The certificate of deposit can be invested at 1.3% in today’s market and you believe you can reasonably earn 5% on a mutual fund. You expect the home to appreciate at three percent a year.
The certificate of deposit would be worth $9,096 at the end of three years and the mutual fund would be worth $10,129. However, the equity in the home at the end of three years would be $45,204. That is a four time’s higher yield on the home.
One of the main reasons for the big difference is that the buyer benefits from leverage: the use of borrowed funds to increase the results. The $8,750 down payment is controlling a $250,000 investment. The appreciation is determined by the price and not merely by the cash invested. Another factor is that the loan balance is smaller at the end of five years than originally borrowed due to amortization.
There are certainly other factors to consider such as maintenance and other expenses but when the financial benefits are as strong as they are, it certainly deserves a much closer investigation. One of the first things to consider is whether the borrower can qualify for a mortgage and the only satisfactory way to be certain is to get pre-approved by a trusted mortgage professional.
Use the Your Best Investment calculator to make your own projections.
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People tend to fear what they don’t understand. Homeowners understand fixed rate mortgages and remember the horror stories of people who lost their homes because they could no longer afford them when their adjustable rate mortgages went up.
Interest rates on fixed-rate mortgages have be so low for enough years, that borrowers haven’t even given much consideration to an adjustable rate mortgage. Changes in the way adjustable rate mortgages are now made make them much safer for borrowers who understand not only how they work but know they’ll only be in the home for a limited period of time.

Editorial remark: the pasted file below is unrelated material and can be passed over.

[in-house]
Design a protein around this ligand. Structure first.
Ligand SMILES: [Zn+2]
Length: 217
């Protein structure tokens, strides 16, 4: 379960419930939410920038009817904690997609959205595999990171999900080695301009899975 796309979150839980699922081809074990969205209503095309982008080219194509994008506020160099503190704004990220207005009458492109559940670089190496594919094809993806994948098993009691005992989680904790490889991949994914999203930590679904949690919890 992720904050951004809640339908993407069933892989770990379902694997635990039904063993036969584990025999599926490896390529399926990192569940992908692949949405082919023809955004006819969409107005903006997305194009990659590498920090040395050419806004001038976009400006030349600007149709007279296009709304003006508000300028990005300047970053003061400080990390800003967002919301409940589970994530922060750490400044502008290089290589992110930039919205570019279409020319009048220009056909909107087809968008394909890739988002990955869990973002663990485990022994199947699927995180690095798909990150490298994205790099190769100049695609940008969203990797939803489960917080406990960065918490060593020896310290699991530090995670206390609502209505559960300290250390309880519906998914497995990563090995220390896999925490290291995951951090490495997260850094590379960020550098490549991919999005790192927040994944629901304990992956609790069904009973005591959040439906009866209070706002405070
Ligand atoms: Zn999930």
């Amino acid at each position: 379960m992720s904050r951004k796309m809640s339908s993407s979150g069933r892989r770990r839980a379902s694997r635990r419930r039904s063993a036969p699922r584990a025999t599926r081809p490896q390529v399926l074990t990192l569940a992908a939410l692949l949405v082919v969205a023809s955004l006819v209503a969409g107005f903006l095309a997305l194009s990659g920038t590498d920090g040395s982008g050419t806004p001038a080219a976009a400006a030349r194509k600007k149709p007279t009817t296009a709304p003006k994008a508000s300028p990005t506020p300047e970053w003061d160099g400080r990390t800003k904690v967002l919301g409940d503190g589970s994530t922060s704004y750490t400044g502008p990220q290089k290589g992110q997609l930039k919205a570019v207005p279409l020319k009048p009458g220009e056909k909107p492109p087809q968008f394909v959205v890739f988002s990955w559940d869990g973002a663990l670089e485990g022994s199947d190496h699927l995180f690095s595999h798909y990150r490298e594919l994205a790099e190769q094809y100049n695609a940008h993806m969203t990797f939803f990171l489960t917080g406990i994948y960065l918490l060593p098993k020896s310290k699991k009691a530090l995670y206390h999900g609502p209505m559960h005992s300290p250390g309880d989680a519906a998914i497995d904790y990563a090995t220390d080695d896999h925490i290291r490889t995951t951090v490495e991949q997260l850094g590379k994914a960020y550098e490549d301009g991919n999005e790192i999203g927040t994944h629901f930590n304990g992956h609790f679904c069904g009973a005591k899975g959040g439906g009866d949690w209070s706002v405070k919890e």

Adjustable rate mortgages can go up or down according to an index that the lender has no control. The amount that can be adjusted is limited by caps for each period and for the life of the loan. While there are different periods for ARMs, the most popular lock the first period for five to seven years and then, can adjust annually after that.
One quick and easy way to determine whether an adjustable may be a viable alternative to a fixed would be to determine the maximum payment adjustments possible to find out when the savings from the early years are exhausted which would be the breakeven point. If the borrower is certain they’ll move prior to that date, the ARM will definitely provide a lower cost of housing.
The breakeven point for a $250,000 mortgage would be 8 years 3 months comparing a 2.9% 5/1 adjustable-rate with 1 and 5 caps to a 3.8% fixed-rate mortgage. In the initial five-year period, the payments on the ARM would be $124.32 lower and the unpaid balance would be $3,522 less than the fixed-rate to make a total savings of $10,981.
Whether you’re buying or refinancing, get some good advice from a trusted lending professional about the adjustable-rate alternative. If you’re only going to be in the home a short time after the mortgage is made and your tolerance for risk allows you to feel comfortable, the ARM may be the best choice for you. Check out this ARM Comparison to use your own numbers.